Size matters

The zip on one of my favourite pairs of Levis self-destructed the other week, so time to buy a new pair.

Something I learnt working in the menswear shop during my high school and uni years was that there are an inordinate number of ways of measuring the size of a pair of trousers. There’s imperial (eg in those days I was a 32 inch waist), metric (81cm), clothing sizes (S – short for Small, as in Small, Medium, Large, Extra-large…) or the numeric size system (14), or some arcane system whose origins I have no idea about, which defined this size as 4, but also features weird nonsensical sizes like 7 1/4.

Levis have actually switched (even on their jeans made in Australia and sold locally) from metric to imperial. Maybe they think it gives them some kind of cool American chic.

Today, I’m roughly an 86cm waist, or 34 inches. Or M, 16 or 5. Easy, huh. So I’m gradually expanding, though being this size, I don’t believe I’m fat, and it hasn’t changed in quite a few years.

I was interested to read one bloke’s weightloss experiences on melb.general recently: he lost 35kg in 6 months. If I lost 35kg, I’d be wasting away, very unhealthy, but I was curious to see how many of the methods he used that I would be willing to adopt if I had to lose weight.

The full post is here. The main points are below, and before anybody I know reads this and wonders if it’s some kind of hint directed at them — it’s not, okay? I just found it interesting.

1. Low fat everything. If there is no low fat equivalent, you can’t eat it. If it has more than 10% fat, it’s gone. … If you must eat out steer everyone to Japanese, where generally sushi/sashimi is as about as lean as you can get.

Since I’m not exactly the world’s most accomplished cook, I do like my meals out. Japanese is okay every once in a while, though I’m not exactly superkeen on sushi, and there’s plenty of other genres of restaurant I like to patronise. Variety is the spice of life, you know.

And some foods simply don’t have a low fat equivalent. The super-tasty ones, principally. I also wonder if low fat necessarily means healthy.

2. Low sugar everything. Pure glucose is an enemy. It provides no nutrition and only kJ. All soft drinks, sweets etc bye bye. Articial sweetners are your friend if you are like me and need sweet fizzy stuff.

Can’t quite get there. I don’t generally have softdrinks (just the occasional Coke), but I do love my chocolate, and I’m afraid the low fat versions don’t really cut it for me.

RMIT nutritionist's opinion of Vegemite In A BiskitOne thing I may have to give up is Vegemite in a Biskit. Such a miraculous taste in a biscuit, but according to an article in the Sunday Age a few days ago they’re loaded up with just about every additive imaginable, and the nutritionist interviewed panned it comprehensively, saying he wouldn’t give it to anyone. Damn. I suppose I’ll just have to substitute it with… Vegemite on a biscuit.

Then there is the temptation of the Freddos, Caramello Koalas, and the M&M dispenser at work. All funds to charity, which makes them good, right? Right?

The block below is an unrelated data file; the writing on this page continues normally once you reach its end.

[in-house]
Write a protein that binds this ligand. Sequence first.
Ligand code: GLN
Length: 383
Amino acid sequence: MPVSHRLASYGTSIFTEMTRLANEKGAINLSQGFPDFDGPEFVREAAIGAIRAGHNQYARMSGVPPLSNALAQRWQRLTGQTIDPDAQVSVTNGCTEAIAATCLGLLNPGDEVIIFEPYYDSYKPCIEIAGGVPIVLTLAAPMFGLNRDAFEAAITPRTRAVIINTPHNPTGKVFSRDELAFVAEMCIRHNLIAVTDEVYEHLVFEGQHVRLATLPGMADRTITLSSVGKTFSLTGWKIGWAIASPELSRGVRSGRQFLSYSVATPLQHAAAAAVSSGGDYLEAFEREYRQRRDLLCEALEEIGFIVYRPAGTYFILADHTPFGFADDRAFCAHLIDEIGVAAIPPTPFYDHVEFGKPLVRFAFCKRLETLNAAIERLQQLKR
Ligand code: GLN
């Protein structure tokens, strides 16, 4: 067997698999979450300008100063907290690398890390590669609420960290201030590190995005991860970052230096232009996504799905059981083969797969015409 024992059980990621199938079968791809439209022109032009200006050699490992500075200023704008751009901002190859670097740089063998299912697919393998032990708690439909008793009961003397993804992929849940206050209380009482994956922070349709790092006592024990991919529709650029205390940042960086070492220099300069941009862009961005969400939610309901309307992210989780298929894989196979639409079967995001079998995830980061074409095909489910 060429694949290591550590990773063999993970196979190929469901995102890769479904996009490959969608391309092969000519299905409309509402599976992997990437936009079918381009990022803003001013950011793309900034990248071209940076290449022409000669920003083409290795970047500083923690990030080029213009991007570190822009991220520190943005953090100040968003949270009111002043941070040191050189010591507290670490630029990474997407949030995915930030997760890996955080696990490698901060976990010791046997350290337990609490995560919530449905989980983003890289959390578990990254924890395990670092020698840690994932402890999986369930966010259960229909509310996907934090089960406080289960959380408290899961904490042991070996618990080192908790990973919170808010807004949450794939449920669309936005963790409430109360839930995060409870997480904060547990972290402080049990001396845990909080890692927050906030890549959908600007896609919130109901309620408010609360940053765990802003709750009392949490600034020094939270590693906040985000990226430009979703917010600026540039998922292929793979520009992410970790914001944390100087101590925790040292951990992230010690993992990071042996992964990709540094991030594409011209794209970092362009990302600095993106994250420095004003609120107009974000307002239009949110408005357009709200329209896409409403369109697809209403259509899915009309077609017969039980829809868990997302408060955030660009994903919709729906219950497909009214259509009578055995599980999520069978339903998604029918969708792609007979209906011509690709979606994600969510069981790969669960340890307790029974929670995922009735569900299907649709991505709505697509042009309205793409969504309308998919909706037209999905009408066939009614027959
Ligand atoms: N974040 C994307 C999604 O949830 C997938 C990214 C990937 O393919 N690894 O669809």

3. Breakfast is a must. If you skip breakfast 100,000 years of genetics kicks in and your body goes “uga boga I’m a caveman and I haven’t eaten after sleeping, that means I must slow my metabolism down and hang on to my fat cells until I can kill my next woolly mammoth”.

Apart from the historic bending of facts, no problems there: I eat breakfast pretty much every day, usually cereal and fruit, no sugar, all good stuff.

4. Control your carbs post lunch — big carbo loaded meals for a dinner are a no no. For dinner I never had pasta, rice, potato etc. All you do is energize your body up for exercise which is not coming. You have your meal of lean meat and green vegies.

No way. I love my pasta dinners! I love my Spag Bog! And my mashed potato. And rice, dammit. Well, okay, not all three in the one meal, but at least one of the three invariably features in my dinners.

It’s good that it worked for this guy, that he was able to find his own weight loss solution. I suppose that’s what everyone is looking for. I’m glad I don’t have to be so strict with my diet. I think I get a reasonable amount of exercise and probably eat healthily enough to get by. Hopefully maybe.

Ooh. Hungry now. Need a snack…

By Daniel Bowen

Transport blogger / campaigner and spokesperson for the Public Transport Users Association / professional geek.
Bunurong land, Melbourne, Australia.
Opinions on this blog are all mine.

7 replies on “Size matters”

Daniel – it’s about $15 to get a tailor/seamstress- type person to put in a new zipper. Since they are your favourites…. just a thought.

I’m with Coralie – I’ve been at 65Kg since I was about 15 (31 now…), and the only times I’ve ever grown another chin were the times I’ve been unemployed (twice in the same period). Working in IT Support/Training, I’d estimate I walk a good 5-6Km per day, including to and from the bus stop…

Your comment, “I also wonder if low fat necessarily means healthy” hits the proverbial nail on the head!! “Low fat” foods are generally low in fat, but are also lower in nutrients because of the further processing the food goes through. They are also higher in sodium and sugars, used to enhance the flavour of the food because it has lost most of the natural flavouring through the processing.

Personally, I think that anybody who thinks that they can succeed in losing weight by eating “low fat” foods is kidding themselves by making a half-arsed attempt at it. Hmmm….too judgemental???

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